Other metals, such as tin and lead, have also experienced lower prices during the first week of June, which could be a signal of a general trend reversal. We do not believe zinc will succeed in surpassing its previous $3,000/mt upper limit.   

In fact, zinc could be at the start of a downtrend.

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The June Stainless MMI follows its prior three-month trend, dropping 3 points again this month to end up at a value of 54. With the 5.3% loss, the sub-index is coming back to the same levels as one year ago.

The steel (and stainless steel) industry has always been strongly influenced by political issues. Now that the trade cases have largely been decided, the Trump administration’s Section 232 investigation will likely have an impact on domestic steel markets, including the stainless steel sector. Recommendations will likely be released in July.

Steel capacity utilization has increased this past month, according to the American Iron and Steel Institute (AISI). We’ve also seen a healthy manufacturing PMI, indicating positive industrial development.

Notwithstanding, the Chinese Caixin manufacturing PMI index hit an 11-month low. Despite strong growth indicators here in the U.S., steel market participants should carefully monitor the powerful link between the price of steel in China and that in the United States. A rebound in the Chinese economy — and consequently in the steel market — might result in increased steel (and stainless steel) prices. Conversely, the opposite is also true.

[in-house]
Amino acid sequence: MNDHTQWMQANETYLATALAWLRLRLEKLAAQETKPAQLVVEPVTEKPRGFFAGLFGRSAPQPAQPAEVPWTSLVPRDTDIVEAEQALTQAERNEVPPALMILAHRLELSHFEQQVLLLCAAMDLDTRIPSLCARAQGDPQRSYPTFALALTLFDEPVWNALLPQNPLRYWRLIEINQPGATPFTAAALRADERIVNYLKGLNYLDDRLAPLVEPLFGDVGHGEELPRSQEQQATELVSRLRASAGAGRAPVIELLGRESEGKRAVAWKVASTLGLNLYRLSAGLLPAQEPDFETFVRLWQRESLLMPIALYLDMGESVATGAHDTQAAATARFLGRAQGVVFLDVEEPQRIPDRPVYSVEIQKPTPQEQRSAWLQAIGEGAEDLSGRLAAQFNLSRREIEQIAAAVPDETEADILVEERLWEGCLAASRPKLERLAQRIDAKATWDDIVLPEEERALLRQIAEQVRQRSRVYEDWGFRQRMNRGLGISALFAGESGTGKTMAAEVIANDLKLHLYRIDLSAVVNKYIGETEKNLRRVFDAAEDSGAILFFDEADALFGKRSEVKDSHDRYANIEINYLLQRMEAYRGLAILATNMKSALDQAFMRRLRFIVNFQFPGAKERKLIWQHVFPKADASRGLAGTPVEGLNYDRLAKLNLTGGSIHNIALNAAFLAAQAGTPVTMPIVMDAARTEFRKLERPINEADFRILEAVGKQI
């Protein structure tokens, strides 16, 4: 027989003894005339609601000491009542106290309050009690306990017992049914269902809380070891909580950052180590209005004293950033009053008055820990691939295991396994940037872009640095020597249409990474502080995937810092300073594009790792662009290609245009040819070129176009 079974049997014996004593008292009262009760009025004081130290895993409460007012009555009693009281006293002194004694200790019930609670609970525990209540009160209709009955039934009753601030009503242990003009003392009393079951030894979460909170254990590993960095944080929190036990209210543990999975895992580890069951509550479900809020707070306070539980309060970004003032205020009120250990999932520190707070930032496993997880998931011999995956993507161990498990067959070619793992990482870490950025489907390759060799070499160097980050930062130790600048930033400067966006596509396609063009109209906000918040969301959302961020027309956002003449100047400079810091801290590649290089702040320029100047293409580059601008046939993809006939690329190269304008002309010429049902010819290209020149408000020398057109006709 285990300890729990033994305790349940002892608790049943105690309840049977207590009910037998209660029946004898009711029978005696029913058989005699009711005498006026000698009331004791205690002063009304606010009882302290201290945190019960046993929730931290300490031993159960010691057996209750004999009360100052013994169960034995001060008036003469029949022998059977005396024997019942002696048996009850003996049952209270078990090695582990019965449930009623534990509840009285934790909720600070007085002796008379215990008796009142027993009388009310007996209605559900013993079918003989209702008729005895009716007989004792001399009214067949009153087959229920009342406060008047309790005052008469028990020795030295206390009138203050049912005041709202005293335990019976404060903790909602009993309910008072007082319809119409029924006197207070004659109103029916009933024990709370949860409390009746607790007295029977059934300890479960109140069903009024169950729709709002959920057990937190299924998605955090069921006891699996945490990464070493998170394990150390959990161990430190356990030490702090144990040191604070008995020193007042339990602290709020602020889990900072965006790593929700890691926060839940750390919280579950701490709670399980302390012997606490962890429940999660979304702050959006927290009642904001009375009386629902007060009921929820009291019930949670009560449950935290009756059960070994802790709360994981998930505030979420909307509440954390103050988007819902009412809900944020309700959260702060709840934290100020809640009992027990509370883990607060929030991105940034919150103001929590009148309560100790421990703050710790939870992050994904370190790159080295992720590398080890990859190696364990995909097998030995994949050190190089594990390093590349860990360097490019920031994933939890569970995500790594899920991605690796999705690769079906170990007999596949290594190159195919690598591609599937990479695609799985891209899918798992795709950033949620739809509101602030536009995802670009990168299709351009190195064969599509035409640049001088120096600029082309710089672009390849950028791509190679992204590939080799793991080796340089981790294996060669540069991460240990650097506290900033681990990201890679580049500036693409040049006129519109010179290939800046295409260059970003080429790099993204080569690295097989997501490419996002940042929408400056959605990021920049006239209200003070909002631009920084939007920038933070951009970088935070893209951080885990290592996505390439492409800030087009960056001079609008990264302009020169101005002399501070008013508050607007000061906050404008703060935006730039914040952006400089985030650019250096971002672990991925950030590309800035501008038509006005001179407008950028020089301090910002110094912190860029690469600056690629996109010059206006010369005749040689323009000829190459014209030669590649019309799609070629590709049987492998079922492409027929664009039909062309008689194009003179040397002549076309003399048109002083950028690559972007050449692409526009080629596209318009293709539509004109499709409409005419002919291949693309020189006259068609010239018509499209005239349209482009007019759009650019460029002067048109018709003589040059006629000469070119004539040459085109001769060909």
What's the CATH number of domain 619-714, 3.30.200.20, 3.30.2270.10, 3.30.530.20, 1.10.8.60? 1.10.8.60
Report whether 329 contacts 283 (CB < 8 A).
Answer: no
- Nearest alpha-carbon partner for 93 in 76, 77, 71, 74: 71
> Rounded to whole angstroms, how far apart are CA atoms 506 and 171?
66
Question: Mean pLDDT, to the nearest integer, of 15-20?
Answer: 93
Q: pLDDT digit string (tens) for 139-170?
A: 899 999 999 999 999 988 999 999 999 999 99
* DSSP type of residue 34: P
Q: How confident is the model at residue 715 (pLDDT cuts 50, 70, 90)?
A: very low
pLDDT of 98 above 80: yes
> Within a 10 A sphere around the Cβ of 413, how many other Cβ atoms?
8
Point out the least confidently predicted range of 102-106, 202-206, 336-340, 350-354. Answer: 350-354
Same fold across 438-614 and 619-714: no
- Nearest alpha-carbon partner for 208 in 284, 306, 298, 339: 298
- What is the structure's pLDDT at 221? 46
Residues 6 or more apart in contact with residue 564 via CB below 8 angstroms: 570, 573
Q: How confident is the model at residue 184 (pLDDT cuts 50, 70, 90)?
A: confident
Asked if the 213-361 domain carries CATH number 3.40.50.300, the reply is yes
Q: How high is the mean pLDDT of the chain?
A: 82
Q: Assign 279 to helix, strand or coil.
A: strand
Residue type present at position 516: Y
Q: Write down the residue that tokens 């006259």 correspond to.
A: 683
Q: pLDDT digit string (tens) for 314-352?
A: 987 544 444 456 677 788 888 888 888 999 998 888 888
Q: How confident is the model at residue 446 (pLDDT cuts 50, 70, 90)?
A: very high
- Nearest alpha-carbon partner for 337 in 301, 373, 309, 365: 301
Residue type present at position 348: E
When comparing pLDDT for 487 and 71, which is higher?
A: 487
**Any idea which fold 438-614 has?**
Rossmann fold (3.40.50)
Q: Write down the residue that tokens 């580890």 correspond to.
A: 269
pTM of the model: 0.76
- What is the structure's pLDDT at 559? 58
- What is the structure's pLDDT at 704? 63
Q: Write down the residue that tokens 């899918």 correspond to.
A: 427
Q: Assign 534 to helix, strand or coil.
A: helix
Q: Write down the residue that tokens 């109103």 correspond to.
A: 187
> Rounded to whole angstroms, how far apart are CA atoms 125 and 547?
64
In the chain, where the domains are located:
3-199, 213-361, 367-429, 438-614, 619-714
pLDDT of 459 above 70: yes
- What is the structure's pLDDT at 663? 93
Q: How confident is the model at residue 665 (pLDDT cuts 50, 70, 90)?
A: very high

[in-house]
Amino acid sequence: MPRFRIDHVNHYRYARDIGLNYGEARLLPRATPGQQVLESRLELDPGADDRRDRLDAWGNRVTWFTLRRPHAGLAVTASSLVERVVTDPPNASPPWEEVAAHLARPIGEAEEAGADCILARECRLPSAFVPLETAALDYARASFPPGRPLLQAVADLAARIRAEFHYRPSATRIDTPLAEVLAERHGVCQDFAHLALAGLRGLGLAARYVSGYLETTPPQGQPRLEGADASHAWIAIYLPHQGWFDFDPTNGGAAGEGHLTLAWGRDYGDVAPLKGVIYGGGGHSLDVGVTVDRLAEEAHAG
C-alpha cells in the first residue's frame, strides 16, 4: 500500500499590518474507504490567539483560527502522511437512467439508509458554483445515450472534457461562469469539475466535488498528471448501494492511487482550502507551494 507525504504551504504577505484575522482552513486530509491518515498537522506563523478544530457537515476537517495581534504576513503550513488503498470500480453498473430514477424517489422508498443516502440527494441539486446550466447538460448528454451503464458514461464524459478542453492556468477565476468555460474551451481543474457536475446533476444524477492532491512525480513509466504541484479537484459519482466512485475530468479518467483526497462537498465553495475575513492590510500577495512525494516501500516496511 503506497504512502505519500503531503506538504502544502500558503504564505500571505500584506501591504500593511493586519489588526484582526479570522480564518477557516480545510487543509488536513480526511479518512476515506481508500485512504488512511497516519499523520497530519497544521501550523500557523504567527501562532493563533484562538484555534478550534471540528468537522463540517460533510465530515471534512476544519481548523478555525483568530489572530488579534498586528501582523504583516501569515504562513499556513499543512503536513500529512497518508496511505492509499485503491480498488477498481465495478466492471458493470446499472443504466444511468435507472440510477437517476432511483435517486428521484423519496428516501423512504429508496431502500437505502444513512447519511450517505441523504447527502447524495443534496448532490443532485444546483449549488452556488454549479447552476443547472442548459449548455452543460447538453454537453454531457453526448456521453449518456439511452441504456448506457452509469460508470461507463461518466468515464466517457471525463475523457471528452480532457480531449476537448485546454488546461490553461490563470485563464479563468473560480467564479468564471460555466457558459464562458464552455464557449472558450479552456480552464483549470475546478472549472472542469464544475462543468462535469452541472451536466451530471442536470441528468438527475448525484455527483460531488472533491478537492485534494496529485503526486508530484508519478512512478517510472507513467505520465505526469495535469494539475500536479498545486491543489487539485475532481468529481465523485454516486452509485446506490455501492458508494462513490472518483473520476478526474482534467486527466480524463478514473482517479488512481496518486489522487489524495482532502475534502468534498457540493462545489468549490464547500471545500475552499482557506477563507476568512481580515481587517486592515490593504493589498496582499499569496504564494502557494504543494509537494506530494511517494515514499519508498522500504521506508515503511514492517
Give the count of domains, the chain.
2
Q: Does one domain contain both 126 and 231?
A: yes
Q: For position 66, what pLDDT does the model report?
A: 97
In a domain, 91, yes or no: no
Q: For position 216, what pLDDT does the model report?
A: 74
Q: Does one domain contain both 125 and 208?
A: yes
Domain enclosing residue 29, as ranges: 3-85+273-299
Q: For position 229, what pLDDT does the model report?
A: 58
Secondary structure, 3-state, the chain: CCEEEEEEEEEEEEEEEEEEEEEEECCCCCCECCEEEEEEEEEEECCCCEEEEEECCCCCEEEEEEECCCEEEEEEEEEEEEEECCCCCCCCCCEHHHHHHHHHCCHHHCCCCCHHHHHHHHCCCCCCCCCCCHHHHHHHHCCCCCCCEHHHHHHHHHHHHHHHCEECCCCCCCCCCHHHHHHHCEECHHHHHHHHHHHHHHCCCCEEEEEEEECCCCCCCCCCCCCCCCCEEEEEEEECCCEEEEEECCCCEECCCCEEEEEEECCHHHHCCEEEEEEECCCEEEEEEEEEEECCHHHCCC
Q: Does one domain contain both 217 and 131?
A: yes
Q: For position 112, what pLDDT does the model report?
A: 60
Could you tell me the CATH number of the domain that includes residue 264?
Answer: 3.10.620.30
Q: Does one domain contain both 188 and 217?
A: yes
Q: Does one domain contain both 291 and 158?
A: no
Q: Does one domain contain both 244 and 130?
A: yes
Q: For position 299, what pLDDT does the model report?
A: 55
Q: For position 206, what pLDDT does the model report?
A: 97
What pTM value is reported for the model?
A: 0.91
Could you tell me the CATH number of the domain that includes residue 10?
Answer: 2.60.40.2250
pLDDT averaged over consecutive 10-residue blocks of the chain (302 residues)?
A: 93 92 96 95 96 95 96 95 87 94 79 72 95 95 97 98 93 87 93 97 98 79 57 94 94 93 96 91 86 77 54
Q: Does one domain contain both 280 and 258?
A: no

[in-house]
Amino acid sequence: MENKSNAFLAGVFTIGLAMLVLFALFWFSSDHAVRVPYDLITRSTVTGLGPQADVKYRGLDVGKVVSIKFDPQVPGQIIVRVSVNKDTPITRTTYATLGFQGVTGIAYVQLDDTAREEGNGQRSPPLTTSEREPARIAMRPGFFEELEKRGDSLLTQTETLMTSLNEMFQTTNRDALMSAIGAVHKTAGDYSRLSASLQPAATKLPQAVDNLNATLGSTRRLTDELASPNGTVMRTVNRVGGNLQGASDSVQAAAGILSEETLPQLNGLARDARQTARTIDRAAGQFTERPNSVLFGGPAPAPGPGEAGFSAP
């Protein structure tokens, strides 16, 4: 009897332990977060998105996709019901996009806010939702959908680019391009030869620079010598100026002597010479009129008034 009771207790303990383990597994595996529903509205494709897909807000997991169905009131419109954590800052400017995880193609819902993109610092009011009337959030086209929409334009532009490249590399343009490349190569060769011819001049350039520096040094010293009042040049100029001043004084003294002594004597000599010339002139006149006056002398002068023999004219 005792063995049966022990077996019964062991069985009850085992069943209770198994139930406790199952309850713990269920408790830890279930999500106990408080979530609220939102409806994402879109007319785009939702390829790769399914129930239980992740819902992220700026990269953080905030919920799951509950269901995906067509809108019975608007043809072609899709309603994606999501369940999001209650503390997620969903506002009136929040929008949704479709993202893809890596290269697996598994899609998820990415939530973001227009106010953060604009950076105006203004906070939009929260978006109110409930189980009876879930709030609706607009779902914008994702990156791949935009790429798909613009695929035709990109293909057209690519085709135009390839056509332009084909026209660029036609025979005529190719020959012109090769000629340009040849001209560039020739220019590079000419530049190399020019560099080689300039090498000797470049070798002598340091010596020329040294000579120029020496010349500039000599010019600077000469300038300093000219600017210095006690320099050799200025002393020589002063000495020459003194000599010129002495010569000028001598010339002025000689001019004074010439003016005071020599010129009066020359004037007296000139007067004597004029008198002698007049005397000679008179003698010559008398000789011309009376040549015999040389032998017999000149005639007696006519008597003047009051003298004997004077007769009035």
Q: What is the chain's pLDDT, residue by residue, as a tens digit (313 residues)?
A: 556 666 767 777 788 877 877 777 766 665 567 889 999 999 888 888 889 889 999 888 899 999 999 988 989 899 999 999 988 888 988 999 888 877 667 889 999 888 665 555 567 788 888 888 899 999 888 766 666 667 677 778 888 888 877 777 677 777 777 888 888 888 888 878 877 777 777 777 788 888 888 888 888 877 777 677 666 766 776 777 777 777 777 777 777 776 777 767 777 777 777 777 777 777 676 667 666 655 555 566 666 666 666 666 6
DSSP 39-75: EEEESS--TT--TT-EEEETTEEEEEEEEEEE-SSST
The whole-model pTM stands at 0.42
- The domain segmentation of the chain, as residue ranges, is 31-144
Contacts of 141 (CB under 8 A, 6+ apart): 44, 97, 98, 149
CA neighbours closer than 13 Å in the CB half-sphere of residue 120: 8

Nickel prices have also fallen this month due to Philippine mines reopening, together with increased Indonesian exports.

What This Means for Industrial Buyers

Stainless steel prices usually move drastically in one direction and then hold steady for a little while. While we watch a possible price correction, buying organizations might want to follow the market closely to identify possible buying opportunities should prices continue to decline.

Actual Stainless Steel Prices and Trends

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MetalMiner’s Copper MMI held steady in June, driven by the recovery of the LME Copper 3-month price, which held above previous lows.

The demand and supply balance has affected copper’s price over the past few months. The International Copper Study Group (ICSG) released the 2017-2018 Copper forecast, indicating a larger than expected supply deficit for 2017 and 2018.

Source: International Copper Study Group (ICSG)

Supply concerns have eased during this last month, as Chile’s Escondida mine ramps up production after the strike. May production levels have now reached pre-strike production levels. Workers at Freeport McMoRan’s Grasberg mine, however, are expected to remain on strike until July.

Meanwhile, demand concerns have driven this month’s price downtrend due to the direct impact of declining Chinese demand. Manufacturing activity in China has slowed down, as has market sentiment, forcing the Chinese government to pursue additional stimulus measures.

Despite China’s slowing demand for copper this past year, Latin America appears as a bright spot; from a long-term perspective, the region may boost copper demand. Investment in renewables and efficient building systems would increase copper’s demand. According to the International Copper Association (ICA), copper usage may increase by more than 4 million tons by 2030.

What This Means for Industrial Buyers

Currently, copper prices are directly affected by Chinese demand, as well as by uncertainty in supply. This downtrend in copper prices might be just a brief pause in a dynamic market. Thus, copper-buying organizations should watch the market closely, looking for a possible uptrend that would show a recovery.

Actual Copper Prices and Trends